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II 111 I I I I I 1 X I 1 2 9 III . Ill I I i I I I 1 1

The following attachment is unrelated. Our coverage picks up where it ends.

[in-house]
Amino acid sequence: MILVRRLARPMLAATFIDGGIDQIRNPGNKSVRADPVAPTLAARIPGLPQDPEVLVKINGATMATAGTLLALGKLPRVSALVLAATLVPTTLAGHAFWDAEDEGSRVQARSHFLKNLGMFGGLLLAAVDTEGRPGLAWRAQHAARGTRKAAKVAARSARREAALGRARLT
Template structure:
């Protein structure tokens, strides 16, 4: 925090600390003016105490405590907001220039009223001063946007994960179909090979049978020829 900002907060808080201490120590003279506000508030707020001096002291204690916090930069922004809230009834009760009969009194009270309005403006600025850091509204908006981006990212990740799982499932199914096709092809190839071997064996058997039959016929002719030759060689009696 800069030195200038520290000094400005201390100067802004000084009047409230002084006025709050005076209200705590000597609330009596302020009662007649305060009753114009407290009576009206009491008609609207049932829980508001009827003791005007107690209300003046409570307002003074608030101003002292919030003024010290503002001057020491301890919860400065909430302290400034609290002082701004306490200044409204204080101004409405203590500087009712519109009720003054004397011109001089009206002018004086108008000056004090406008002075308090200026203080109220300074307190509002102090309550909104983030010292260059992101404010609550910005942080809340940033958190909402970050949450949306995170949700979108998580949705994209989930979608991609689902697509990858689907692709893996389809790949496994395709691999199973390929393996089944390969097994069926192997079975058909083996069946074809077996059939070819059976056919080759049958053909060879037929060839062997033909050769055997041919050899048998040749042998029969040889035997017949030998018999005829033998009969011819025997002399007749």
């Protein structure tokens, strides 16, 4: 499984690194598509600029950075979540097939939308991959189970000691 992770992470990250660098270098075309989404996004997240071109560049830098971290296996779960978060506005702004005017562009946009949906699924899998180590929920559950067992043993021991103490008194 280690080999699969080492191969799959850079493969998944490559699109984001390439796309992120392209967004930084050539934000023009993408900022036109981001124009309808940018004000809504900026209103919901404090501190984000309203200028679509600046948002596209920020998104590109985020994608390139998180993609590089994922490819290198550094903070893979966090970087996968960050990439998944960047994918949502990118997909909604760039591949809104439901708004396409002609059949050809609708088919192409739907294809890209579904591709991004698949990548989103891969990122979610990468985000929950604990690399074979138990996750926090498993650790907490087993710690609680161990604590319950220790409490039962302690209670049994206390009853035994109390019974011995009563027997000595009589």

V vw S This Paper is 43 Years Old CHARLOTTE, N. C, THURSDAY, MAY 14, 1896. VOLUME XLIII. NUMBER 2243 THE CHARLOTTE DEMOCRAT PUBLISHED EVERY THURSDAY Term? ODe Dollar cash in advance. o Entered at the Post Office in Charlotte, N. C. i . . ' as secona ciaas mauer. DRS. McCOMBS & GIBBON, DESIRE TO INFORM THE PUBLIC, 'Tbat tbey have this day entered into a copart nership for the PRACTICE OF MEDICINE, AND SURGERY. Ward I, 1895. March 15, 1895. JOHN FARRIOR, so. 4 QTJ!H ITSION STREET, CHARLOTTE, N. C. WATCHMAXEE AND JEWELER. iDBAXSR IN Diamonds, Watches, -Clocks, Jewelry, Sil ver and Silver Plated Ware. tW Special attention given to Fine Watch IHepairing. Jan 25, 1895. J3URWELL, WALKER & CANSLEB, Attorneys- At-Law, HOOMS SOB. 5, 6, AND 13, LAW BUILDING, CHARLOTTE, N. C. Jan 4, 1895. DR. E. P. KEERA'NS, DENTIST, CHARLOTTE, N. C. Office 7 West Trade Street. Nov. S.nSW DR. GEORGE W. GRAHAM. OFFICE, 7 WEST TRADE ST. Practice limited to Eye, Ear, Nose and Throat. April 8, 1896. JOHNSON & POPE. -:0:-43 South College bt.-:o:- The largest stock of cotton gins, boilers, presses, Saw mills, mowing machines, Har- vetters and pumps. Come in or write. All kinds of machinery. JOHNSON & POPE April 3. 1896 2 m. HUGH W. HARRIS, Attorney and Counsellor at WJ Office, Nos. 14 and 16 Law BuildiDg, CHARLOTTE, N. O. July 6, 1895: i i-. i. ubBOKHH, w. C. MAXWELL, J. W. KEEBANS. OSBORNE, MAXWELL & KEERANS, Attorneys at Law, CHARLOTTE, N. C. :(t2T Offices 1 and 3 Law Building. vvill practice in the State and Federal Courts. Oct 20, 1895. DRS. M. A. & C. A. BLAND, Dentists. CHARLOTTE, N. C. No. 21 Tryok Stkeet. Jan. 3, 1896. f KRIOT CLARKSON. CLARKSON CHAS. H. DULB & DULS, Attorneys at Law, Charlotte, N. C. Prompt attention given justed. Will practice in rotate. to all business all Courts of in- the WOffice No. 12 Law Building. Oct. 7. 1896. H. N. PHARR, ATTORNEY AT LAW. office No. 14. Law Building. Prompt attention to all business intrusted Si nonin 1 a 4n I I . l -n . . "j""-"" nucuuun given 10 ciaims. rracuces in otate and Federal Courts. Jan. 6, 1895. Cattle Owners ! Listen ! The best possible Cattle Food is MANGEL WURZEL BEETS ' We have the seed of Lsne's Imperial and White Sugar. Plant now ! R H. JORDAN & CO., Prescriptionists. April 17, 1896 GO TO ALEXANDER'S DRUG STORE, -NO. 216, NORTH TRYON STREET. eeps a well assorted stock of all articles usualy kept in a Drug House J. B- ALEXANDER. The Poor prescribed for free. April, 8, 1895. QUEEN CITY HOTEL. In visiting Charlotte, Don't fail to stop at the Queen City Hotel, Corner East Fifth and College 8ts, Everything first-class. RATES, fl00 PER DAY. July C, 1895. W J MOORE, Prop'r. E. NYE HUTCHISON. FIRE INSURANCE. Offlces-16 East Trade Street ; 4 North Tyon Street, up stairs. Feb. 19, 1895. Bat Joshua Holds the Record. Boston Globe. Captain Bassett was the first man offi cially to lengthen time bv turning back the bands of the SJenatecIock in Wanning- ion. tie aia-u lor the hrst time March 4, 1844, by dirediou of Senator Wiley P. Mangum, of North Carolina, then presi dent of tbe Senate pro tempore. This is history. "You carved your own way to success, didn't you, PadMngton?" "No; I didn't nave much 01 anything to carve after I achieved success." until TRUSTEES SALE. By virtue of a Deed in Trust made to me by J. 8. Smith and wife on September 12th 1890, and recorded in the office of the Register of Deeds for Mecklenburg County, North Carolina, Book 73, page 116, and on account of default be ing made in the performance of the conditions therein contained, I will sell on Monday, June 1st A D., 1896, to the highest bidder at the County Court House Door in the City of Char lotte, North Carolina, at 12 o'clock m., all the following land in the City of Charlotte, to-wit : Beginning at a stake on the South side of Watkins Alley, Pinkney McLean's corner, and running with said alley in a Northwest direction 50 feet to a stake. Franklins corner: thence with Franklin's line in a Southwest direction 99 feet to a stake in E. B Spring's line; thence with his line, parallel with said Alley 50 feet to a stake, McLean's corner; thence with McLean's line 99 feet to the beginning. This April 29 1896 Terms ash. HERIOT CLARKSON, April 30, 1896 5w Trustee. TRUSTEE'S SALE. By virtue of a Deed in Trust made to me bv I H Wilson and wife on November 14th 1894, and recorded in the office of the Registt-r of Deeds for Mecklenburg County, North Carolina, Book 103. page 52, and on account of default being made in the performance of the conditions therein contained, I will sell on Monday, June 1st 1896 to the highest bidder at the County Court House Door in the city of Charlotte, North Carolina, at 12 o'clock m., all the follow ing land in the city of Charlotte to-wit : Be ginning at a stake on W. 9th Street, Walter Brem's corner and running with Walter Brem's line 270 feet to a stake R. Rintles corner; thence with Rintles line towards Myera Street and oarallel with 9th Street about 50 feet to a Stake; th ence parallel with Myers Street 270 feet to a staK-eonW. 9th St; thence about 50 feet to the beirin ling- This April 29 1896. Irerms. Cash C. L. HUNTER, April b0. 196 5w Trustee. TRUSTEE'S SALE. ByvirUe of i deed f trU8t made to me on the 26 day of March 895,by John W.Goodman,I will sell at public auctio.o at the court house door in the city of Charlotte to.the highest bidder, for cash, on May 23rd, 189 6,one lot on east 7th street. .For description, reference is made to deed in book IrO.Tpage 327, in the' office of the register of deeds for Mecklenhurg county, N C. This lot is sold to .satisfy ihedebt secured by said deed of trust. A. H- STC'JvJiiJS. Trustee. April 24, 1896, 5 w. TRUSTEE'S SALE. By virtie of a deed ot tn?st mado to on November h 1.UW1, by anme .Mcuree.x win bu ' dav of Mav iS9 U that lot of laud hereiDafte' defcribed be!nf T 38 maP of W" R Mey" fw 1' lD?h in Book 74, page 61, ers, which map is regiet office for Mecklenburg in tne register of deed's county, N. C. debt secured by baid lot is sold to atkfV th. this deed of trust. April 17 5w WALTER BRi. TRUSTEE'S SALE By virtue of a deed of trust mnrip tr mo l 1st day of Jan'v. 1891. bv O- S. Knlnmnn T . sell at public auction to the highest bidder o monaay, tne 18th day of May, 196, at the Court House door in Mecklenburg cnnntv N" n fnr cash, all that property hereinafter described, being Lot No. 66 in W. R. Myers' map, and said map is registered in the office of the register of deeds for Mecklenburg county, N C. omu jana is soia to satisfy the debt secured by said deed of trust. April 17 5w C. F. BREM, Trustee. TRUSTEE'S SALE. By virtue of a deed of trust made t.r tyi o nn the 15th day of Mav. 1891. bv Oreen l.t t will sell at public aueiion to the highest biddt r on Monday, the 18th day of May, 1896, at tbe Court Houss door in Mecklenberg county, for cash, all tbat property hereinafter described, being Lot No. 16, map of Walter Brem. which is registered in Book 74, page No. 16, in the offiV.e of agister of deeds for Mecklenburg county. Said lot is sold to satisfy the debt secnrp1 "hv said deed of trust. April 17 5w C. F. BREM. Trustee. MELLON & SHELT0N ED. MELLON. TOM. SHELTOJS. BOYS, BOYS, BOYS SPRING SUITS. STRAW HATS BY THE THOUSAND S. SUITS, UP TO DATE.- New and Pretty. HIRT UMBRELLAS, Socks, Collars and CuJ Is. BEAUTIFUL SUI1 S, ine uest Goods and Low -Prices. COME TO SEE US. NEXT DOOR TO H. B lHUCH May 1, 1896 Goose Grease. Goose grease Liniment will cure ; matism, neuralgia, toothache, head' sides or back and in fact every pai it does not do this take the bottle I druggist and get your money. Soli giat. Km df Rbeu ache, pains in b you have if wok to your ly all drug- lgu 10-1 y THE WARMEST APRIL YET. Observer Dosher's Report of the Month Extremely Warm Weather. The following meteorological summary for the month of April, 1896, is taken from the records of the United States Weather Bureau station at Charlotte: Mean atmospheric pressure 30.152 inches; highest pressure 30.484 on tbe 9tbl lowest pressure 29.866 on the last; mean temperature 65; highest temperature 94 on the 17th; lowest temperature 36 on tbe 10th; least daily range 14 on the 6tb; mean temperature for April for 18 years 59; accumulated excess of daily mean temperature during the month 152 de grees; average excess of daily mean terns perature during tbe month 5.1; pre vailing direction of wind south; total movement of wind (in miles) daring the month 5.127; maximum veolcity of wind 28 miles west on tbe 2d; total precipita tion 1.90; number of days on which one hundredth of an inch or more of precipe tation fell 8; average precipitation, tor April for 18 years 3:45 inches: total defi ciency in precipitation during tbe month 1.64; total deficiency in prcipitation since January 1st, 6.97; number of clear days 20; partly cloudy days 7; cloudy days 3; dates of light frosts 3d and 4tb; dates of thunder storms 1st, 17th, 21st and 24th; date of solar halos 30th. An unusually hot spell of weather pre vailed from the 12 to the 21st, during which on the 17th maximum tempera ture reached 94 degrees, this being the highest ttmperature -by three degrees ever previously recorded at Charlotte during the month of April, the highest previous record being 91 on tbe 29th in 1888. The mean temperature for the month, 65 degrees, was also the highest mead ever previously recorded during April. The Safest Place. Harper's Round Table. General Lee used to tell a story about a darkey that served in the war. It seems that during the heat of the battle the General and his attendants were posted od a small knoll watch ing the course of tbe action. They descried a colored soldier racing toward them, leaping over obstacles in his path, his face showing great fear. He rushed up, and fell headlong on tbe ground in front of Lee, crying, "Oh massa General, let me stay." Lee saw at once that tbe man was al most frightened to death, and useless as a soldier. It disgusted him somewhat, but his curiosity was aroused, and he asked. "Did you come here to get out of the way of the bullets?" "Yes, massa; where de generals am is de safest place on de field." Mortgage Sale. By virtue of a powar contained in a mortgage deed made to O C. Morris, now deceased by F. M. Winchester and wife, M. W. Winchester, on the 22nd day of October, 1889, and registered in book 68, page 169, in the office of the Register of deeds for Mecklenburg county, I will sell at public auction, at the court house door, in the city of Charlotte N. C, on Monday, the 8th day of June, 1896 a lot of land lying in Crab Orchard Township, ia said county, near Hickory Grove Church, bounded and described as follows, to-wit Beginning at a stone near the cross roads, runs South 23East 18 poles and 24 links, thence North 62 East, 9 poles and 15 links, thence North H West, 16 poles and 24 links, thence with 2. road South 62 West, 9 poles and 15 links to the beginning, containing one acre. Upon to the 4 there are good buildings. Terms cash, this lanv ith. da? of May 1896. This the . -if R. MORRI8, Administrator, JOL. of G. C. Morris, deceased May 7, 1896 1 Tition Sale. CiJLVVi ,e Gj ftn execution in my Under and by virtu directed to me from, the hands issued out of, ana 'enburg county in ciyil Superior Court of Mecki y. . Osborne, solic action entitled State ex rel Q nd others, I will itor, etc., against F. Lee Erw jfl at the county sell for cash, at public auctx Charlotte, at 12 court house door in the city oi - June, A. o'clock m., on Monday, tbe nrst aa ,ne right, D. 1896, to satisfy said execution, all ,nt( p. title, interest and estate of said deU f r m Lee Erwin, in and to that certain tract o. trant, Erwin, deceased, and others, bounded as folic ni Beginning at a stake in rorters line, corner Lot 7, and running o. o, w . ou poies iu a siuu . O. (black oak gone); thence - 6U w. bo poies to a W. O.; thence N. 11 poies to d. v stump; thence 8. 17 E. 94 poles to a stake in the Wright's Ferry Road, corner of Lot 4; thence with the great roaa in an easterly course iu a large poplar, beginning corner oi uoi i; mcuw with T.ot 7 to the bezinnine: containing 78 acres. more or less, known as Lot No. 5 in the division. of the lands of W. L- Erwin, aeceasea. Z. T. SMITH, nenn. April 30, 1896. 5w Commissioner's Sale of Land Hv Virtnra of a Decree of the Superior Court of Meeklenbure county. in an action entitled Mrs. L. L. Wheeler, et al, vs James Stedman and wife.l will, on Monday, the 1st day of June, isafi t 12 m . at the court house door, in Char- l tn tha hiirhMt bidder, at Doblic IIS l KG Vjf., dw v " r auction, for cash, that valuable tract of land con tainine about Eighty two (82) acres, ly- ;nr in ' Htftfil Creek Township Mecklenburg county, adjoining the lands of Z. G. Mc rtn;r w. D. MrOaaia-. John Stedman and heinc described particuiarlv in certain deed of trust by James Stedman and wife -No.,..? stoimnn tn w. M. Little, dulv reinstereu in book 94, page 102, of Register's office for said countv. to wnicn reierence is maae. a ma jumj 2nd, 1896. A. G. BRENIZER, May 7, loao. 4W. uommujaiou-er, Trustee's Land Sale. Tiir -airine. of & deed of trust executed to me by w P T) ion and wile on me aa aay oi may, 1894, and recorded in the Register's office for Mecklenburg County, in book 99, page 58. 1 will, WuinMuiMr the 10th dav of June. 1896. at 12 o'clock m.. sell to the highest bidder, at public auction, at the Court iiouse aoor, in me cuy ui Charlotte, all that lot oi lana, aescnoeu in siu deed of trust, situated in the city oi cnarioue, ho mnntv nf Meeklenbure. State of North n.,ni;ni -Hirinir(T the lands of J. C. Smith if.-irmorivi lind others, and bounded as follows, Viz On the northwest by Poplar street; on the .nnihBHt hv Ninth street: on the northeast by property of Franklin Cox (formerly) and on the owneast Dy an aney, om u """""s i f.t nn Pnnlar street and running along Ninth street one hundred and eighty feet; also an ease ment or right to use iorever me auey uuw openeC on southeast boundary of said lot: Be ing the same lot of land that was conveyed to W. P. Dixon by JO. Smith and wife by deed dated April 1st, 1890. and recorded in the Regis ter of Deed's office for Mecklenburg county in book 70, page 608. Terms, cash. This 6th day of May, 1896 W H. N. PHARR. Trustee. May7 4w IN AND AROUND WASHINGTON. Some Events and Places of Interest at the Nation's Capital Noted by the Demo crat's Correspondent. Washington, May 11. Headers of the Democrat will perhaps be interested to bear something about the events transpiring in and around Washington as well as immediately within the balls of Congress: ' While Congressmen and Senators were wrangling over tbe Venezuelan question. over the finance question and over the 1 . I jL .i v viuuan question, me gaueries ot each nouse were tnrongea with numerous spectators anxious tu see the rights of America protected m tbe one case, or, m tbe other, to see some legislation enacted that might bring about a better condition of affairs throughout the country and, in tbe case of the Cuban discussion, to eee some action on the part of Congress which might encourage and aid a strug gling people to throw off the oppressive yoke of a mother country and to inscribe their name among the free and independ ent republics of tbe world. How well the people have been satisfied I leave it for you to judge from the action of Congress on these respective questions. Tbe next thing outside tbe two houses of Congress that attracts the attention of visitors to tbe capitol is tbe Supreme Court room. The Supreme Court occu pies tbe old Senate chamber. On enter ing this room one is struck with a feeling of reverence when be looks upon tbe nine venerable judgeB of tbe law, robed in their black silk gowns, expounding the law and establishing irrevokable deciss ions. Tbe seating capacity of the room is very limited. So much so tbat at the opening of a session or when some im portant decision is pending it is crowded to overflowing and that many anxious spectators are unable to gain entrance. A bill has, however, been recently intros duced into the Senate by Mr. Morrill pro-, viding for tbe purchase of a location and tbe erection of a different building to be devoted exclusively to tbe interests of the Supreme Court. Should that bill become a law, than the legislative and judicial branches of tbe national government will be in separate buildings, and the capitol will tben be devoted exclusively to the legislative branch of the government. Several efforts have been made in this di rection heretofore, but so far ihey have all failed. THE NEW CONGRESSIONAL LIBRARY. Tho new congressional library building. situated just east of the capitol, is nearlng completion. When completed this will be one of the finest government buildingB in tbe city. It is a magnificent structure in every respect. STATUARY HALL. Washington is truly a city of statues. Almost every park is adorned with a statue of some famous statesman or war rior. Statuary Hall is, of course, given up exclusively to tbe statues of ex-Presidents, famous statesmen and noted ex plorers. Tbe most recent addition to this vast collection of statues is that of James Marquette, donated by Wisconsin, and to whioh there was for awhile such bitter opposition that the capitol police were cautioned to keep a special eye on the statue, in order that no opponent to its erection might have any opportunity to inflict any possible defacement upon it. But the feeling of opposition has died away and the statue seems to stand as securely as any of those surrounding it. THB HANCOCK STATUE. The statue of Gen. Hancock recently erected will be unveiled on the 12th inst. President Cleveland will preside on that occasion. There will be a procession, a s.al,ute from tbe monument grounds and other exercises customary on such an oc casion. A PROPOSED MONUMENT TO GIN. GRANT. A movement is on foot to erect a mon ument to tbe honor Of Gen. Grant some where within thecitv limits. Tbe move ment wl inaugurated by the Grant Me morial Association last September and through the insumentality of that asso ciation it found its wa7 into Congress, and n appropriation o $250,000 has been wired for out ol the b.ti0Dal trea8" u'ry. TH SOUTHERN MEMORIAL. fphe Southern women of Washing,.00 are ully aware Gf the growing tendency' of other sectiooja of tbe country to per petuate tbe meraqpy of their illustrious dead by erecting monuments and memo- I A nm A.ntt.l 4sv 1.a?m honor, and tbey, too, &re now earnestly at work to secure at Washington the erection of the Southern memorial. Tbe movement originated with Mr. Bouss, of New York, who donated Si 00,000 for tbat purpose on condition that a similar sum should be raised Dy me people oi ine South. The ladies interested in this movement will give an entertainment this week, the proceeds of whieh will go to this building fund, whether the build, ing be erected in Washington or else where. Of courso Washington is not tbe GDly city contesting for this honor, but apart from all local claims it would seem that Washington has some superior ad vantages, being tbe nation's capital. THE CHARLOTTE cibrciai IS THE Largest, Oldest and Best Equipped School OF ITS KIND IN THE STATE. Its courses are thoroughly practical, and in- try; Banking. Joint Stock, Penmanship, Arith- 1- i-i T - r i ,wv.,4 Rnellinc and Shorthand and TvDewritine Thoroughly competent teachers. College ia located in Y. M. C. A. Building. Write for particulars to JACK80N & HAY WARD, April 24-tf Proprietors com The Real and theSpurious New Woman. Baltimore Sun. Is the "new woman" a myth? lio-l emphatically no, is tbe answer of Mrs Morgan-Dockrell in tbe current number of the Humanitarian. Mrs. Doekrell draws tbe line between tbe genuine and BDurious "new woman" with keen di6s crimination. "The cause of emancipation of women' she Bays, "bas come to be a sort of Cave of Adullam for a whole host of restless and discontented women, many of whose hearts never quicken for any cause outside the narrowest of mean self- interests, whose only aim in life are ex citement. license or notoriety, but all of whose idle vaporiA&a, silly exaggerations and absurdities ar iaid at tbe door of the new woman." Mrs. Doekrell oetods tbat no sane mind could for a moment entertain the idea that benefit could accrue to any man or woman, or to humanity at large, by acceptance of tbe doctrine of woman's en tire independence of and antagonism to - . r f I X men, ot renunciation oi wueaoou ox, in fact, a stand-up fiarht between the sexes for supremacy. "Dr. Mary Walker," says Mrs. Doekrell, "may found her Adamless Eden; she and her disciples for a time may defy tbe laws ot nature, tor which, be sure, nature will sooner or later exact her compensation, but :as it was in the beginning so it will be to the end man and woman must stand or fall together. It is love, the love of man for woman, of woman for man, with its se quence of domestio love, love of home, of kin and kind that makes tbe worw go round, that is under Heaven tbe good liest and loveliest heritage ot humanity. i As Mrs. Doekrell takes so healthy and sensible a view of the relation of tbe sexes, it is not strange that the picture which she draws of the ideal new woman hood is refined and attractive. Before this ideal can be realized, however, and woman be emancipated, before man and woman as peers, tbe complement ot each other, can go forward abreast and hand in hand for tbe world's regeneration, woman must first of all and of necessity work for woman. "This work lies not altogether along smooth roads, says Mrs. Doekrell, "but over mountains of prejudice and convention, not seldom through foul sloughs of calumny and willful misrepresentation, and always amid the jeers and jests of tbe unthinking mob. The genuine new woman neither asks nor desires sexual superiority or su premacy, nor ia she ashamed or aweary of ber womanhood, one is ashamed ana aweary, though, of the poor puppet, too long her representative, who not alone must needs dance to tbe tune. set, for. her by others, but must not seldom pay the piper." What ia tne type ot tbe genuine "new woman" which commends dtself to Mrs. Dockrell's approval? Let her speak. for herself. "The new woman is she who, with some of tbe ablest men of tbe cen tury, bas awakened to the fact that the time has come when tbe work of the world in all departments has need of woman; that one sex cannot sufficiently cope with the business and affairs of hu manity; that in the intellectual sphere,: as in the physical, there cannot be healthy and natural creation without the co-operation and amalgamation of all the men tal attributes, male and female; the mate superiority in philosophy, science. inven tion and conception oi abstract justice blending with tbe lemale superiority in intuition, in altruism and in tbe fuller and richer flow of the emotional life, the two bait and incomplete individualities combining and forming the perfect whole. The new woman's faith is tbat as strength of mind and body, cou'rage and resolution are glorious in man, they are not the leBS but the more so in woman. She emphatically protests against the idea that her humanity, apart from wife and motherhood, counts for little or nothing. She claims her human right co-equally with her fellow-man to full and free development or every power and faculty, and she resents and cries out against the position of being shut out from taking part in creating the condi tions of life." In reply to the argument that as the majority of women are content for things to remain as they are tbe "new woman"is making much ado bout nothing, Mrs Doekrell says the contention might with equal force be applied to tbe status of wo man in Japan, where she is a little better than a servant where the wife dutifully kneels before her lord and master to feed u.'-n, and after tbat superior animal bas Batjged bis appetite is graciously per mitted aine. iuiwitusiaiiuiog wuivu state of UMDg9 8h6 Iook! ver7 nappy and a critic who ah? that "no true f riend of woman would .nrg hke.r J hp- -r from the pedestal w.h,ch. V5 w garments with the mi -e of the arena id toil for her," a ...... .. " Mrs. Doekrell pithly says: wn" lDeD' are the tens of thousands to do wb0 nave no one to fight and toil for them' ,n e arena for whom in such cases th 6 f. Z estal means degradation or etarva.,,on7 overturn her pedestal and all, what thei awaits such a woman but cruel realization i of the fact that the pedestal was a lie, and that she bad been cheated of ber Dirm right a free reasoning, thinking, everfor- ward, moving human souir Hundreds of thousands of men, con cludes Mrs. Doekrell, are willing lor women to remain the poor doll they call a normal woman the woman on the pedestal, decked in furs, feathers and jew els.hugging the gilded fetters which so apt ly By mbolize her degradation; "but which is the likelier to be the nobler human creature, tbe more useful citizen, tbe fit" ter mother of children, the sweeter, more loyal helpmate for a true man she or the new woman?" It must be admitted that Mrs. Doek rell crivee us an admirable portrait of tbe ideal new womanhood. As drawn by her skillful and loving hand there is no.bing to reoel or to shock us, or to arouse tr that tha standard or Quality of true womanhood will be destroyed, and tht. nn its rninR will be reared a new fabrioof womanhood inferior in all rMnecta to that which we now cherish and admire. Dismissing now the intellectual and spiritual side of the new woman, one of tbe innovations that she has introduced which can be heartily approved is the freedom and method with which she takes to open exercise. This is largely due to tbe general use of tbe wheel. It bas been of the greatest bene fit to women up to tbe present time, and eventually will lead not only to greater physical development but also to a more rational sgstem of dressing: "Common sense ideas," says tbe editor of tbe Arena "as tbey pertain to woman's dress, are coming to be recognized, not in tbe sense of a fad, but as tbe very antipodes of any desire for a coarse display such as long marked the votaries of fashion, and which conventionalism bus not only condoned but upheld. Trousers were first worn by women, and tbe Athenian critics and poets denounced men for adopting them as being a feminine costume." A woman writer in tbe Health Maga zine lays down the law , in this positive fashion: "The skirt is neither sacred nor eternal, and woman will no more always wear it than she will always wear crino line or bailoon sleeves. While the skirt and bloomers are waging tbat inevitable struggle for existence that comes somes times to all things of earthly origin, you can wear what you please only be sure that it is what you please and pray for the survival of tbe fittest." This is not exactly along tbe -line of Mrs. Dockrell's philosophy, but it is another form of tbe new womanhood which may develop something better tban bloomers or di vided skirts. It is not to be sneered at because it relates to such a trifling detail as dress. Jiven Airs. JJockreu s "new woman" will throw philosophy to the wiods.qn occasion and turn her cultivated mind to the consideration of such topics. And when it comes to a matter of toilet the old woman and the new will stand upon the same platform, and both will favor a plank declaring in favor of tbe most fetching dress. No Natural Antagonism Between Iabor and Capital. Public Opinion. The right relation between labor and capital and how best to maintain it is as vital a question in tbe domain of civics as any other possible to consider. It en ters into tbe very essence of securing good government through good citizen ship." This latter is impossible among a large class so long as tbey remain in bondage to an idea that another class are their natural oppressors. ine la boring classes of this country are being and. have .boon for more tban a generation systematically .taught that capital was their enemy,and that an irrepressible con flict was pending between capital and labor. :It is not possible to have a man appreciate the duties and obligations of citizenship who looks into tho faces of his loved ones . and ,feela that they have been deprived of life's comforts or ne cessities through the oppression and rob-i bery of his employers. And yet this ia tbe feeling tbat dominates large classes in labor organizations, and it is this that makes it possible, at the will ot one man, to inaugurate a strike, which at once violates tbe rights of the publio and des Btroys tbe fundamental obugattoas of citizenship.-' Demagogues find this sen- : timont a winning one, in order to gain office, while labor agitators make it their surest means ot obtaining a living. Is it not tbe duty of all who desire good gov ernment through good citizenship to cor rect this sentiment and remove the cause which produces it? That labor organizations do not bring the best results to labor is proved by an object lessson which I will present and which all classes may study with profit: The Cambria Iron Company at Johns town., Pa., has been tbe one leading in dustry of that city for a period of nearly 50 years. It employs from 5,000 to 7,000 people. It bas run almost continuously ever since its formation and practically without a shut-down or a a lockout. Through all the panics tbat have oc curred it has still paid a dividend, and through all labor troubles elsewhere it has been without a strike. 2io labor union bas ever been permitted among its employes, but tbe company early fostered tbe spirit of buying their own homes and making the terms as easy as possible with their men. The result is that more of these in proportion to tbe general population own their own homes than can be found in any other community in America, while there is less of crime and less of pauperism among them than elsewhere on this continent. It is a teem ing hive of industry, but it is likewise a city of schools and churches with less of class distinctions than in any other com munity I have ever known. There are very few rich people there,with equally as few very poor ones. The city govern ment is also practically out of debt, and the obligations and duties of citizenship seem to prevail almost in an ideal de gree. That such a state of facts exists is due very largely to the right relation between labor and capital, and tbe absence of tbe arts of tbe demagogue and tbe wiles of the walking delegate. Tbe true doc trine bas been inculcated that the com- pa.iy would give tbe men regular and steady employment if tbey would in turn s?and by tbe company; and tbe re sult haB been more money and better times for all concerned. Doctor You've had two strokes and must be very careful. p&t Why, do three strikes put me oat? Philadelphia Press. It takes about three seconds for a mes. sage to go from one end of the Atlantic ca ble to tbe other Highest of all in Leavening Power. Latest U. S. Gov't Report I A Vovin? Mountain in France. I Scientific America. A phenomenon which, from its remark able character, has attracted much atten tion in Europe, recently occurred in the department ot Ciard, France, whera Mount Gouffro, a mass of rock 650 feet ib height, suddenly gave way at its base and began moving toward Gardon river, upon the left bank of which it was sit uated. The movement began on the lfith of February, and on the 23d the advance had destroyed the machinery in the pits of the Grand 'Combe Colliery -and nearly a mile of the Alais Railway, and had des fleeted the course of the Gardon 6$ feet. Six hundred persons were obliged to leave their homes at Grand 'Combe, and, a water famine having boon created, it became necessary to install an engine up stream to pump water from the river to supply tbe inhabitants of the mining cent tre. On tbe 29th tbe mountain came to a standstill, but it is believed by engineers tbat this state of reBt will be but tem porary, and that. tbe rocky mass will re sume its motion, cross the Gardon, and finally abut. against the mountain that skirts tbe opposite side of the river. Should this occur, very important-geological and topographical modifications will of course be made in the region, and it will become necoBsary to prepare new channels for the Gardon and Gard rivers. ' The cause of the accident is shown by the geological structure of the mountain, which consists of grit, green marl, lime stone ana triassic rocks resting upon a deep bed of clay. These different strata dip at considerable of an angle toward the Gardon. The mountain was there fore influenced by its own weight to fol low tbe slopeoffered it by this inclined plane. Tbe position was unstable and tbe danger imminent. Rain or the water of the Gardon must have infiltered and accumulated upon tbe stratum of imper meable clay, .and such infiltrations must have disintegrated certain points, of sup port of tbe mountain and led to its slid ing, which was prepared for by tbe very arrangement of the ground. The noise made by tbe mass while it was moving is described as having been frightful. The Woodland on the.Fara. From one-fourth to' ohevtbird of the forest lands of North Carolina are un productive of timber. Some of this land is waste land, clearly lying idle and pro ductive of nothing of value; but' far the greater part of it is Only noticeable as tbin places in tbe Woodland, where there is an opening in the cover of large trees, or wbero no young trees are to be seem beneath the old ones. Such tbin places as these are to be seen all through woods where cattle range or which are burned. It means tbat a certain part of the land of the farmer is yielding' the owner no return for tbe investment which the land represents and on which taxes' have to be paid. ' " ' - There is no denying tbat timber, lands in North Carolina, being at a great dis tance from the centres of consumption of their products, cannot ' return 1 a' high. rate of profits. Yet it is' equally as true that there is no part of the State where standing timber has not at the present time some commercial value. 1 Self-interest should make every one adopt any method of management which will en able an investment to increase its yield. The reason why more attention is not given to this evident loss from the wood land is because it is regarded as being small, and becauso it is considered a loss more of the future than of the present. There is, however, scarcely any land in the State from which, by managing it in the right way and that without extra cost, the product of timber could not be largely increased; and not only'is it capa ble ot being largely increased but tbe production could be of kinds of timber which are of more valne than much that now grows. This can be done by judi cious cutting; taking for firewood trees which have tbe least value, and leaving vigorous young white and post oaks .for ties, and pines, witb straight, bodies, lor the saw-mill. Such trees as are left, if they are fair-sized saplings, will in a short time become large enough for use. But tbe increased thickness of the growth does more than merely increase the yield ot timber; it adds largely to its value, if it is to be used at all as a building mate rial, in this way. The deep shade makes tho tops of the trees push rapidly upward to get at the light which is so necessary for all tree growtb; the lower limbs are shaded off before tbey become large, which pre vents the stems having knots in them. This gives the trees, by the time they have reached an average height, a long, slender stem, almost free from limbs and knots except at the top, and makes it suitable for fine lumber, capable of being riven into straight staves or clapboards, with little loss, or splitting straight for rails or posts. That tbe trunk requires more time to acquire a large diameter is evident, but the yield of timber for each tree will be larger; and the yield for each acre will be much larger. In fact the timbered land on the farm should be considered as much a part of the productive land of tbe farm as the meadow or wheat field. It should receive care and thought, too, for often it repre sents one-half or over of the money value of tbe farm and usually returns the small est yield in proportion to its value. But all care and attention given it should have this object in view: to make every foot of land productive, and productive of tbe highest class of timber which land of that character is capable of producing. It should be so managed that the greatest yield should be gotten in the shortest time and that there may be no interrup tion of the growth when the mature or grown trees are removed for use. Wm. W. Ashe, in Agricultural Bulletin. .